PSC and the Media
Please, DO mention the occupation! DO mention the Nakba!
To join our national letter-writing initiative or participate in general medial work, email the office on firstname.lastname@example.org.
This Starter Pack is sourced from:
Guardian Media Directory (Guardian Newspapers, 2005)
Bad News from Israel (Glasgow Media Group, 2004)
Do-It-Yourself Apartheid in Palestine (Palestinian Grassroots Anti-Apartheid Campaign, 2005)
Our media strategy revolves around our members and supporters and depends on you. Our greatest assets are the justice of our cause and our nationwide reach of pro-active membership and networks. PSC is an independent, autonomous organisation, which is listened to when we succeed in making ourselves heard. By co-ordinating our letter writing and complaints to editors and media watchdogs at national and local level, we can make a difference. If you are reading this and are still not a member of the Palestine Solidarity Campaign, please join us. You can do so on line via our website.
Local branches of PSC exist in many towns and cities in the UK and are ready to welcome you.
If you are already in a branch, why not set up a letter-writing group?
HINTS FOR LETTER-WRITING: Please join up the dots by doing your own research and using your own words.
Letters from an original perspective are more likely to be published, although we also still have to keep challenging the usual diet of basic misinformation.
Examples: A letter in The Church Times revealing Blair’s ignorance about Palestine by his G8 reference to “the two religions in the region” although he himself is a Christian; a letter in the Express newspaper, which is outside our usual focus on the Independent and Guardian.
Use economical language. Keep your letter as short as possible.
Subscribe to Palestinian email services and visit websites such as Stop the Wall. Palestine Monitor and Electronic Intifada as well as the PSC website to arm yourself with the facts on what’s really going on.
Daily papers have a DEADLINE of 4pm for publication the next day, so submit your letter as early as possible.
Trade journals, trade union journals, Women’s Institute publications etc. are all potential publishers of material on Palestine from their different perspectives. For example, medical journals could be supplied with articles on the crisis in care, the ambulance service. The Disability Movement press would be interested in people who have been disabled by occupation. Construction News might publish something on the Caterpillar boycott. Grocer magazine might take something on the boycott of Israeli goods. Music and Dance journals could take something on the Palestinian music and dance scene. Architectural, geological and educational journals can all be approached. Vogue carried a piece by Bella Freud in its September issue about Palestinian embroidery and crafts.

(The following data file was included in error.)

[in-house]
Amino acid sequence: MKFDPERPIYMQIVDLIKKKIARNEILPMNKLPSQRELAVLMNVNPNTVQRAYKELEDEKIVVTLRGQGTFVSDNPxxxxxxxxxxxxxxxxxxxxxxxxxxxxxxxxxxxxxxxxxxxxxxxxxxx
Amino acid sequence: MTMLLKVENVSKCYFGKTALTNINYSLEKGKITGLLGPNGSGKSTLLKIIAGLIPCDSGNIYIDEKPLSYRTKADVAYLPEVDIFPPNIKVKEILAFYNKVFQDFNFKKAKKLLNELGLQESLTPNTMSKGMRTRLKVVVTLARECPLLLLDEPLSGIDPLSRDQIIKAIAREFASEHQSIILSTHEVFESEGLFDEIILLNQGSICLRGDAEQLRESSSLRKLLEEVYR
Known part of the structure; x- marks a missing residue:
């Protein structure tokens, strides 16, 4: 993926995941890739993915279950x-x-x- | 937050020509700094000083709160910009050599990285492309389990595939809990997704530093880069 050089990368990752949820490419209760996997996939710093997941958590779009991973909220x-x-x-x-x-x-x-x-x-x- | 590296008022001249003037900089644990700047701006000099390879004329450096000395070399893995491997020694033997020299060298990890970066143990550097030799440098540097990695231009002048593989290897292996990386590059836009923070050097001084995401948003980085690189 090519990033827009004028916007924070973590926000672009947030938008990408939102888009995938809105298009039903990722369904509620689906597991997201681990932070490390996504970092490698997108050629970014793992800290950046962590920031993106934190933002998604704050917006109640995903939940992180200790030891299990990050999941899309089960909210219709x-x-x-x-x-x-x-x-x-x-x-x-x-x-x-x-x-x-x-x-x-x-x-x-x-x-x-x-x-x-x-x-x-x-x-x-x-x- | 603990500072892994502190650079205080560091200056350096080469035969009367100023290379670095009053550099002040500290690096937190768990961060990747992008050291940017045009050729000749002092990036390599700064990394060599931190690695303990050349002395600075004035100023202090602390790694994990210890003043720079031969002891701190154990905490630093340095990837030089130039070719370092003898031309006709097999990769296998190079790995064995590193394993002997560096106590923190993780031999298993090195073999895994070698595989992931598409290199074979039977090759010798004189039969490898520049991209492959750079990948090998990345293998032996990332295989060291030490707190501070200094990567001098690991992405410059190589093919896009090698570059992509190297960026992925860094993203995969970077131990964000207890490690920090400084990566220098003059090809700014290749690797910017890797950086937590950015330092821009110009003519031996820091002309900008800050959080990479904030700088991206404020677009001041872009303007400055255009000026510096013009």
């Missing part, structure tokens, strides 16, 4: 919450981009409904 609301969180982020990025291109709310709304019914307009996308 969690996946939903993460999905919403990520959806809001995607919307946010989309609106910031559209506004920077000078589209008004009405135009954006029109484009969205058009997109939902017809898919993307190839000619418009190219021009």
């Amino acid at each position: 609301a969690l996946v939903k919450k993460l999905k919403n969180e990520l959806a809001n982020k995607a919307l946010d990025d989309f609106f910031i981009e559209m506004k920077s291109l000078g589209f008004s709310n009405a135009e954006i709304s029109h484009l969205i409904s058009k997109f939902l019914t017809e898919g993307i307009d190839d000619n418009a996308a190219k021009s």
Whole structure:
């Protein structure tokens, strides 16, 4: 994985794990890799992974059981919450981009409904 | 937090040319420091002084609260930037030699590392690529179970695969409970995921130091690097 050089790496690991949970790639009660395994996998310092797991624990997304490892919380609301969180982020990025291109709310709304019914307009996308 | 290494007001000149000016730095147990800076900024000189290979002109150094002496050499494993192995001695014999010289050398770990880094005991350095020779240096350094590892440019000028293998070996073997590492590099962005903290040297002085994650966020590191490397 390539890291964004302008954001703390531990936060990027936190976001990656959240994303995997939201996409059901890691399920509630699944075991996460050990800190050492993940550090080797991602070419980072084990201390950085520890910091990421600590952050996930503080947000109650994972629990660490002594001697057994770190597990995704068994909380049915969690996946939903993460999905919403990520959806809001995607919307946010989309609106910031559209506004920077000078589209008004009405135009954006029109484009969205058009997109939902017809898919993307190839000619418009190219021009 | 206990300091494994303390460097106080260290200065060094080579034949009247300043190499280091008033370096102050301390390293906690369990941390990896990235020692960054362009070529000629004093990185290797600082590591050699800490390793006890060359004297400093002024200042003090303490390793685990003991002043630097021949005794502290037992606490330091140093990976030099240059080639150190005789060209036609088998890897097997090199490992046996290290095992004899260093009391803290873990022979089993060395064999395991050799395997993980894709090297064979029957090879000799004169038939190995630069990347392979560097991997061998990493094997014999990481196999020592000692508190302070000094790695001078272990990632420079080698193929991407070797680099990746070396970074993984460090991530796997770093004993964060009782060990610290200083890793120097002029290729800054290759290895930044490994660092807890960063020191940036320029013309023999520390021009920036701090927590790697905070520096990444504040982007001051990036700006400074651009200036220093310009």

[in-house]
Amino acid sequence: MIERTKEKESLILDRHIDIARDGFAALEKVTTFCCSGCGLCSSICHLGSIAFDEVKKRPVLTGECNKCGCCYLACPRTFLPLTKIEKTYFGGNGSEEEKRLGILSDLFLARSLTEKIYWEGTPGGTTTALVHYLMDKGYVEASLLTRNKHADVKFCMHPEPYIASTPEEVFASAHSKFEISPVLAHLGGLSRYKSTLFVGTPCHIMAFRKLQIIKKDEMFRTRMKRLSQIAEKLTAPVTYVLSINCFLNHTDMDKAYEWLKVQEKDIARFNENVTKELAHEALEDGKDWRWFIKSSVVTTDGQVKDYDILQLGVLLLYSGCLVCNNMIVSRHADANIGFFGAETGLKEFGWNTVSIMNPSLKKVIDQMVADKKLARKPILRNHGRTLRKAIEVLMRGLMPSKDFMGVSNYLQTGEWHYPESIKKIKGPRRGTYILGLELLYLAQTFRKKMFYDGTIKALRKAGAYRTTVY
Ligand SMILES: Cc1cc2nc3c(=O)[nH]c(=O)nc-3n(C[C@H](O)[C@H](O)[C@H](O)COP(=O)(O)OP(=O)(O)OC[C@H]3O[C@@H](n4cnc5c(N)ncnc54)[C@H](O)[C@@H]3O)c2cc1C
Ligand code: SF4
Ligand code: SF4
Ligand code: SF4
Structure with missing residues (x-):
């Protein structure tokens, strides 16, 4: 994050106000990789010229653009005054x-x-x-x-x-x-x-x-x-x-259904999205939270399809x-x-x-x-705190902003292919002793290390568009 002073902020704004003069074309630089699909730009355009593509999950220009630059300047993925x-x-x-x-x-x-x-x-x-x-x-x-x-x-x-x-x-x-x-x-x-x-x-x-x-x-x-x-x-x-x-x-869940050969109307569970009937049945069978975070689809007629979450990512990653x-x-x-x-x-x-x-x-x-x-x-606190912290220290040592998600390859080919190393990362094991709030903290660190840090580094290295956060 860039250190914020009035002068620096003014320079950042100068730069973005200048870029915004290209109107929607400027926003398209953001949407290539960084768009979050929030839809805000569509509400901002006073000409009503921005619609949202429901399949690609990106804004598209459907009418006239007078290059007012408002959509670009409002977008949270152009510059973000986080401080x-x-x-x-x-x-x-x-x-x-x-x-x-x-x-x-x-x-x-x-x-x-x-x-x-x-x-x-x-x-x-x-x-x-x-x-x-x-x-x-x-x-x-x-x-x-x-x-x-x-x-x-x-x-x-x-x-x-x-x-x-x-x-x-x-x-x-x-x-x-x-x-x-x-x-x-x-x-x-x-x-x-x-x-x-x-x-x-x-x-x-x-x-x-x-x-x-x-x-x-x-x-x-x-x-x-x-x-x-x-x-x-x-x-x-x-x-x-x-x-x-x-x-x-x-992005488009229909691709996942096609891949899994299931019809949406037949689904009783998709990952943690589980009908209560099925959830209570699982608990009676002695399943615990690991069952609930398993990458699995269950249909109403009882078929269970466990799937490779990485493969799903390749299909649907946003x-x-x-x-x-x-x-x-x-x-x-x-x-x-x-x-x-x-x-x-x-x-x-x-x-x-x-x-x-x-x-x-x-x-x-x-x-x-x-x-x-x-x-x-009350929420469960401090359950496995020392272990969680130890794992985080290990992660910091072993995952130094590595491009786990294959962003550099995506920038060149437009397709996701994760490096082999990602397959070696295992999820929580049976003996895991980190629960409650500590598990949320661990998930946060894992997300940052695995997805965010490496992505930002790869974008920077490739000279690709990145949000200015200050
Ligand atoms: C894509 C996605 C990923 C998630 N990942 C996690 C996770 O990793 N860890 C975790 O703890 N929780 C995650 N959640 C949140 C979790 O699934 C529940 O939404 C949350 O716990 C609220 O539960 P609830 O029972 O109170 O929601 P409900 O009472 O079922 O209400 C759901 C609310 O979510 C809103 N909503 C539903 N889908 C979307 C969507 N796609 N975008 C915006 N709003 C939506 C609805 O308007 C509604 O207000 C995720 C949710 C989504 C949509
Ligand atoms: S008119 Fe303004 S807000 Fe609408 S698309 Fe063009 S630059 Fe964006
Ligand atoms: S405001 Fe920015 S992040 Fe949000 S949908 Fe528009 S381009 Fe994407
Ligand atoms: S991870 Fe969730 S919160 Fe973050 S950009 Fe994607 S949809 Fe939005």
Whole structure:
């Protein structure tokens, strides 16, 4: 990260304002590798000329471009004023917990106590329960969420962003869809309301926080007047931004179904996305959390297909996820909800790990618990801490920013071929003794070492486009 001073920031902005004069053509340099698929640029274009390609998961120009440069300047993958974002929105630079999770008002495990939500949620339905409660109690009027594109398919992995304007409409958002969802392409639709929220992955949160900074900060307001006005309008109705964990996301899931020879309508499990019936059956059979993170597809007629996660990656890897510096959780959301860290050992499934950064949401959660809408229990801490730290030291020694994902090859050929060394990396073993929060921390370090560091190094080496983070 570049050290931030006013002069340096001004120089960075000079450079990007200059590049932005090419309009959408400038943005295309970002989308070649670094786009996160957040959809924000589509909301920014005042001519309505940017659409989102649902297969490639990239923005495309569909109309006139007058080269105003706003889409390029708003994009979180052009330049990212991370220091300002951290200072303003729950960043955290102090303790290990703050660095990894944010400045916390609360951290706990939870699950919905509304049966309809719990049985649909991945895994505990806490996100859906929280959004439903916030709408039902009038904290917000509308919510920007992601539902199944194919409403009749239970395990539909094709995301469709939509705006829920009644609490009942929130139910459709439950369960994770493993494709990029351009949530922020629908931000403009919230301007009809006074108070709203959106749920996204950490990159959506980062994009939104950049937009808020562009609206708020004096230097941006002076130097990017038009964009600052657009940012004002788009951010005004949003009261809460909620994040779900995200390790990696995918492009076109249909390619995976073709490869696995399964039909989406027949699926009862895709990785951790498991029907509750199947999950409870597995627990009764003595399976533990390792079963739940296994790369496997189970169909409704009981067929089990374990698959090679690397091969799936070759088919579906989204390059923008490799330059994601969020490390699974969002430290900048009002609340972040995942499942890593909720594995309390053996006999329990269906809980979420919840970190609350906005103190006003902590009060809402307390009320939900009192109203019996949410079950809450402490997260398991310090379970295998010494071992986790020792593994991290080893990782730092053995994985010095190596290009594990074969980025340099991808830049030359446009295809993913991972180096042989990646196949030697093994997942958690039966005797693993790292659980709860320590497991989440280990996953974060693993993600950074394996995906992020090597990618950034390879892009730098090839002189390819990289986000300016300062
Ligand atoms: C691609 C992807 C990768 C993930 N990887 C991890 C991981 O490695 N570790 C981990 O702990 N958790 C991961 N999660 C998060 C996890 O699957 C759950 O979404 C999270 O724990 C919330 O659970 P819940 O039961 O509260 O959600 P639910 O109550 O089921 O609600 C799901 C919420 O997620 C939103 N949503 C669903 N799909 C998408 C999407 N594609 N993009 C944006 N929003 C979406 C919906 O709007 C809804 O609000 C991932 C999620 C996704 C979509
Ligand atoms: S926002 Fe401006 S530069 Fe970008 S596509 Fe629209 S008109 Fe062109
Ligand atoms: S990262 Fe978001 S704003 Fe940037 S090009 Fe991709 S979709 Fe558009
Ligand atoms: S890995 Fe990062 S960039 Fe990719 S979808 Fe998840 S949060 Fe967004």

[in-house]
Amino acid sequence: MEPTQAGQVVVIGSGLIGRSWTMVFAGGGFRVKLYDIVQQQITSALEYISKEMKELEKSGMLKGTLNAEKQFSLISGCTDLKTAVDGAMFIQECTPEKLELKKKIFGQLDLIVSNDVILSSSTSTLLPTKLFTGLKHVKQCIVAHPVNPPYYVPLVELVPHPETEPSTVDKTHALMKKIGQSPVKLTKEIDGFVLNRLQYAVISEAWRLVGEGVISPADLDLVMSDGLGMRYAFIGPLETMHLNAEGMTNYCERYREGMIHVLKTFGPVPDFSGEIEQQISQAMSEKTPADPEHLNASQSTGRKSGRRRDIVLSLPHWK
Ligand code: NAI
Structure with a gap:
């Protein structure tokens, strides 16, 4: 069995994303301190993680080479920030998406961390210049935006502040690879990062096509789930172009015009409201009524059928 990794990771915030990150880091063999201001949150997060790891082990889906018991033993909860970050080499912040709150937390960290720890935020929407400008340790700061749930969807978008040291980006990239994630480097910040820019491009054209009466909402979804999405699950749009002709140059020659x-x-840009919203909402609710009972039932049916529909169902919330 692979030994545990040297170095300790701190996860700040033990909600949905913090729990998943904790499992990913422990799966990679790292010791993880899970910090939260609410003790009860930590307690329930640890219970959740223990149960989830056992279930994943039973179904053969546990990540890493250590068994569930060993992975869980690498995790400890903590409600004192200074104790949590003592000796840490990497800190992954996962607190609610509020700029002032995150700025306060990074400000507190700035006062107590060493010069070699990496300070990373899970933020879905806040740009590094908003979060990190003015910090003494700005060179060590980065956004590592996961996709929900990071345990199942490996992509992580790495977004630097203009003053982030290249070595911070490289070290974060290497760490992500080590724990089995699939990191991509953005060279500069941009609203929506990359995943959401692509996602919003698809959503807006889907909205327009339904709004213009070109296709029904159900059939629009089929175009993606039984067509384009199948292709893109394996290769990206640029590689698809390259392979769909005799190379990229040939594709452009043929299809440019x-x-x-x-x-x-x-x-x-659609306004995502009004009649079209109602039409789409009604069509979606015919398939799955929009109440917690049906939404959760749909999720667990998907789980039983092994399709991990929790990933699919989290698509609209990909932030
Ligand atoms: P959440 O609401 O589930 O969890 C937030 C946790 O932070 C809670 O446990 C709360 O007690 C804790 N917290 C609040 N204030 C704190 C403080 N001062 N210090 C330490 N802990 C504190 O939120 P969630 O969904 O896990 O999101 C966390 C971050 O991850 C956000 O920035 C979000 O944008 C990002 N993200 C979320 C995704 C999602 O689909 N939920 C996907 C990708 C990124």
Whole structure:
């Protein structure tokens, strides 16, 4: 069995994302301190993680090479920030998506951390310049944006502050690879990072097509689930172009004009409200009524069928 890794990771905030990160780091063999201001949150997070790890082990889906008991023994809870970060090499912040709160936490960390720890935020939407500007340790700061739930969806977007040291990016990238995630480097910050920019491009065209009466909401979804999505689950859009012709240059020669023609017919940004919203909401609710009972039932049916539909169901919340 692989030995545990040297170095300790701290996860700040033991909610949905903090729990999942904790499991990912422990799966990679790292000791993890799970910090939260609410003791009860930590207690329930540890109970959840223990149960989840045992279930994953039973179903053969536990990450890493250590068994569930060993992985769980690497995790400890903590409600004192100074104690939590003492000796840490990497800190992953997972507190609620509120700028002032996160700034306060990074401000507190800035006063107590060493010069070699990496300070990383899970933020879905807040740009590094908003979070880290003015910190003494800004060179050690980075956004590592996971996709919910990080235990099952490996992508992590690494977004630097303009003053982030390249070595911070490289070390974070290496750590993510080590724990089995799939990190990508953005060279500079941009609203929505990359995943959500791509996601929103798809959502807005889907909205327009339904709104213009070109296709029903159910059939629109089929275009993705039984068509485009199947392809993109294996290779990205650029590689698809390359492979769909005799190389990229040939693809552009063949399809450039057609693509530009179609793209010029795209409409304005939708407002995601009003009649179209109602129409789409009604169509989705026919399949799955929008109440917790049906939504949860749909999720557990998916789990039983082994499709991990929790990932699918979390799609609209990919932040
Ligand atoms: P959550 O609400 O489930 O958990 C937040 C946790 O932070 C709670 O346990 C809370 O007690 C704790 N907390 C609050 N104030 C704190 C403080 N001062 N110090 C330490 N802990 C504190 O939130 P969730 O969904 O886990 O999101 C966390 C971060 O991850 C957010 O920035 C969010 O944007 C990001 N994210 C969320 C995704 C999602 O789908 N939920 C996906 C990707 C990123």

Dissident Israeli activists and human rights organisations are also a good source of information and the media may be less dismissive of them. Examples: Gush Shalom; Israeli Committee Against House Demolitions.
Please remember that even unpublished letters are counted, as are complaints to the BBC and Ofcom, so keep writing, ringing, emailing and faxing!
Ofcom consists of the merged ITC and Broadcasting Standards Commission. The BBC is regulated by its governors but Ofcom is angling to take control of the BBC.
Office of Communications (Ofcom),
2A Southwark Bridge Road, London SE1 9HA
Ofcom Media Office,
202 7 981 3033
The BBC is accountable to its governors and the government as regulators.
Chairman of BBC Governors is Michael Grade. Vice-Chairman Anthony Salz: Governors are Deborah Bull, Dame Ruth Deech, Dermot Gleeson, Professor Merfyn Jones, Professor Fabian Monds, Dame Pauline Neville-Jones, Angela Sarkis, Ranjit Sondhi and Richard Tait.
Michael Grade recently announced that the BBC governors’ next impartiality review will focus on treatment of stories about Israel and Palestine. Please write to Michael Grade to let him know your views.
BBC Television Centre,
020 8743 8000
BBC complaints department: email@example.com